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Saturday, August 20, 2005

Karachi Vignettes

I- The Wrong Turn

I forget the year. Back then I used to visit Pakistan frequently and on one of those visits I was invited for some show or the other at PACC (Pakistan American Cultural Center.) After it was over I sat in the car and drove off. Soon I realized I should have turned right instead of left, but on an impulse I continued past the Indian Embassy, turned back at the Cantonment Station and headed towards the Avari Towers.

Cantt. Station was the last station for the rickety over 100 year old trams of Mohamedali Tramway Company. These trams were open. There were no doors. Passengers could get on or off from either side. With the curves in the track their whole body shook in unison like the slowly moving wipers on the windscreen.

Fazal Khan with the genuine smile always let one of us drive the tram. He was all of 5-2 155 lbs, swarthy, stocky built, smelly, naswaar stained crooked, yellow tarred teeth, but the front two were always shiny and clean. He had a habit of running his tongue over his front teeth. An unlikely Pathan.

Those trams were powered by the earliest manufactured internal combustion engines. They had only two gears, a chain brake and a levered accelerator. Fazal Khan made lots of us happy by letting us drive the tram. Basically it involved changing the gear lever or handling the accelerator. The trams had no steering mechanism. They did have a bell, a lever by the foot where you stamp with all of your 50-60 pounds and it would ostensibly clank. The trams stopped right over the bridge, over a nullah in front of the school gates.

On one side, the right side was an open air sewage. The poor had built jhuggis around the nullah.

Waiting for the tram on the way back I would look over and try to imagine their life. In the afternoon there were mostly women, old and young, and some old men and lots of children in different stages of undress. The youngest ones were almost always naked, and had bloated stomachs and runny noses. Even when they smiled it looked like they were crying.

And the stench emanating from the nullah would invariably force us to cover our noses and move away.

As I negotiated the turn that day, I noticed the landscape had changed. The squatters were removed. There were some new high rise hotels there. Lots of Iranis had occupied those hotels on their way out from Iran waiting for greener pastures, greener cards, using Karachi as an interlude in their lives. On the right side they had built a road leading up to the Jinnah Hospital and there were flats being built. Past these buildings I saw the familiar wrought iron gate. It was open.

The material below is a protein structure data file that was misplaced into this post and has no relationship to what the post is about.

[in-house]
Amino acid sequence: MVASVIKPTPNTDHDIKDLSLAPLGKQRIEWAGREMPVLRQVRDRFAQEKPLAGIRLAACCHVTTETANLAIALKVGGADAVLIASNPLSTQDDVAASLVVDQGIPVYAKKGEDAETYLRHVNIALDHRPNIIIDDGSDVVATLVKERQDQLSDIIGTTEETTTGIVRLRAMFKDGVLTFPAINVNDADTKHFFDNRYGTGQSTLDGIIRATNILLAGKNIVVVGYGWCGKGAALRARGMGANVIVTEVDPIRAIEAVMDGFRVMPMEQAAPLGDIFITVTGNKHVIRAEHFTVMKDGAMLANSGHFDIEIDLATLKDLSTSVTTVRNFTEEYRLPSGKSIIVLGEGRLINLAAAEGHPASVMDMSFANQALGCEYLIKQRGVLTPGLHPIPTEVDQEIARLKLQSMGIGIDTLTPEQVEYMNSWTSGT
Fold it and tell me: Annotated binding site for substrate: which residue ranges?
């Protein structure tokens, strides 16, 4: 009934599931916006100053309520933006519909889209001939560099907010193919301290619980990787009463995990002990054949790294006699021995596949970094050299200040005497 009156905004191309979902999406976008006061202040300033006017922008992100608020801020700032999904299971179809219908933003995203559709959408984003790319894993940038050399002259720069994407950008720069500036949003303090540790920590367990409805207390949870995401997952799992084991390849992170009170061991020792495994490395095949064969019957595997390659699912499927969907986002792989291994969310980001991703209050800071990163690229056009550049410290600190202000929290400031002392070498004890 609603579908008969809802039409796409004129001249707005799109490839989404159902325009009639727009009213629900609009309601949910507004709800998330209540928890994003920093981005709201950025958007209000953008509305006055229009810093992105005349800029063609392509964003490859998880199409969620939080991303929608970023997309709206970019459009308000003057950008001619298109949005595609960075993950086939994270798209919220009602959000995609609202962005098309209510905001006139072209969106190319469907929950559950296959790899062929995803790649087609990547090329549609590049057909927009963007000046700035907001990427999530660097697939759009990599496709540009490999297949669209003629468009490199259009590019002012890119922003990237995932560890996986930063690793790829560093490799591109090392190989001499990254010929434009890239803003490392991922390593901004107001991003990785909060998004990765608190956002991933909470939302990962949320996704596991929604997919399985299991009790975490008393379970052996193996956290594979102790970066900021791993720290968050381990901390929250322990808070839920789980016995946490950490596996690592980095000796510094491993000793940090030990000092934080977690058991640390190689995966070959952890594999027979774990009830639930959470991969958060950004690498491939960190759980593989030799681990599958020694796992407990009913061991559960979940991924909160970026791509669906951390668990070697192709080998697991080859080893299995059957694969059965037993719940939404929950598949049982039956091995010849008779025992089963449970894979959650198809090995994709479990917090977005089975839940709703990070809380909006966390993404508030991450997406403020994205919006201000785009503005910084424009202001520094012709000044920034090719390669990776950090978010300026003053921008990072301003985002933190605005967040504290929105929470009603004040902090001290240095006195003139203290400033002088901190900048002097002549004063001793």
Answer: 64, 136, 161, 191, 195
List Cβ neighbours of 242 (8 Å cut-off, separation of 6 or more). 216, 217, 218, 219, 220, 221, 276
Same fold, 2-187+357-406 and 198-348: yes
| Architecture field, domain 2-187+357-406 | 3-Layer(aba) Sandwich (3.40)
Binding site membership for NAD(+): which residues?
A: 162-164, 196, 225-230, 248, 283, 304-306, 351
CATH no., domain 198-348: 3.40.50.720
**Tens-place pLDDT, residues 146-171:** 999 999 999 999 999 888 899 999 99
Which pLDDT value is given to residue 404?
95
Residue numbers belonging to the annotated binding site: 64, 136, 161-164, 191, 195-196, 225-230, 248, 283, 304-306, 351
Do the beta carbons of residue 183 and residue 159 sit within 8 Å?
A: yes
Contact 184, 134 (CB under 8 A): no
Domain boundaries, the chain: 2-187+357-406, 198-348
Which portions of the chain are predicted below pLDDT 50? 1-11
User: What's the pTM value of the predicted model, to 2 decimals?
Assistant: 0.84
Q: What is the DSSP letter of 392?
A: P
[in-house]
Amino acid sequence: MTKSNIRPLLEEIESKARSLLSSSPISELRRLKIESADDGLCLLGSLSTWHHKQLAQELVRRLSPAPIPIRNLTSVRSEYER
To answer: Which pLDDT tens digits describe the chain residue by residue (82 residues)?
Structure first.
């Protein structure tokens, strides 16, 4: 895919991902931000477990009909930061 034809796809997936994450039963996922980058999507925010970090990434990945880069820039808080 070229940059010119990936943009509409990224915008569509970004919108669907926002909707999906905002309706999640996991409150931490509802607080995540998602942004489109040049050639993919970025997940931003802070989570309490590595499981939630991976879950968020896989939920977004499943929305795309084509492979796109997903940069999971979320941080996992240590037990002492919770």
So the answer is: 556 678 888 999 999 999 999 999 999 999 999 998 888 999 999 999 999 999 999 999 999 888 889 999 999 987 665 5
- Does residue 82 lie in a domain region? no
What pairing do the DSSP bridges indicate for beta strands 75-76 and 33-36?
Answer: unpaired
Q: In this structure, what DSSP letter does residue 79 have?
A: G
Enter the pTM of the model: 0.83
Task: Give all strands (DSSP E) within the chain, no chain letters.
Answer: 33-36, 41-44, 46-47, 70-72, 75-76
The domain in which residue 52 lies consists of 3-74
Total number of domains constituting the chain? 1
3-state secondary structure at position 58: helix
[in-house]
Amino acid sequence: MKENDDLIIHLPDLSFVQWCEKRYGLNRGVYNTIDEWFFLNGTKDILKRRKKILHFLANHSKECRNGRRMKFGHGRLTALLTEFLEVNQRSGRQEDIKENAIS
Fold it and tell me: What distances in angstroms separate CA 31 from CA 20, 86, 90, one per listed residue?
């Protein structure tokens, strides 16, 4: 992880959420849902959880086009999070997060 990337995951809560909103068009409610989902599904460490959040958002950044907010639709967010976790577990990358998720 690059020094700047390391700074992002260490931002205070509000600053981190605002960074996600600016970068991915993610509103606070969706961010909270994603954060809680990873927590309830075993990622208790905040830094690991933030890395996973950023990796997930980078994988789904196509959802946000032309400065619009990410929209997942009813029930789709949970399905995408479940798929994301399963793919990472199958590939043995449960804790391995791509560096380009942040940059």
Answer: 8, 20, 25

I pulled over, waited for a minute or two, then drove through the gate, half expecting Jamal Khan the chowkidar to emerge and waive me away. No one came out.

I took out my camcorder, rested it on my shoulder and let the tape roll as I drove forward slowly. I was facing the dome. I felt the presence of my friends as we entered the school in the morning, even though it was dusk.

I heard M.E. Hyderís stern voice, making some announcement. 5-8, 170 lbs, fair, bow tied, sometimes nursing a cane, short almost curly hair, parted on the left. Mr. SHK Zaidi, Miss Val, Miss Musharraf, Mrs. Chaudhary, Mr. Hidayatullah, Mr. Z.A. Khan, Mr. Alvi -- they were all there behind him.

Took the right fork, past Mr. Hidayaullahís science lab, past the classrooms, Principal's office and lurched to a stop facing the Minwala Block. This was the new block they had added and ours was the first class to occupy it. After this block, there was nothing but bare land for 3000 yards. In the distance you could see the buildings of Jinnah Hospital.

I could not believe my eyes. The dull gray had changed to blase yellow. Thank you ZAB! Plaster had fallen off, revealing the iron skeletal bones, nary a window had a pane left intact.

There, right there it was XC, right next to XB.

In the recess, sometimes I volunteered to be one of the two guards. Riaz Alam used to be the other one. Or Yasin Ali Reza. Or Qayyum Khan. And in IXB sometimes Nishat or Zeba. And Morse coded messages would be knocked on the common walls.

It wan an eerie sensation, looking at this ghost of a building. It was getting dark now. Still no chowkidar. The Camcorder was still rolling away silently. I switched it offand began contemplating what I would be telling my sons when they will watch this video back in Toronto.

As I left the school buildings behind and turned on to Drigh Road, now Faisal Road I had a strange empty feeling. Wish I had not driven in. The image in my mind was more powerful, more pleasant than the dilapidated wreck I had just visited.

What made me take that wrong turn?.


II- The Age of Innocence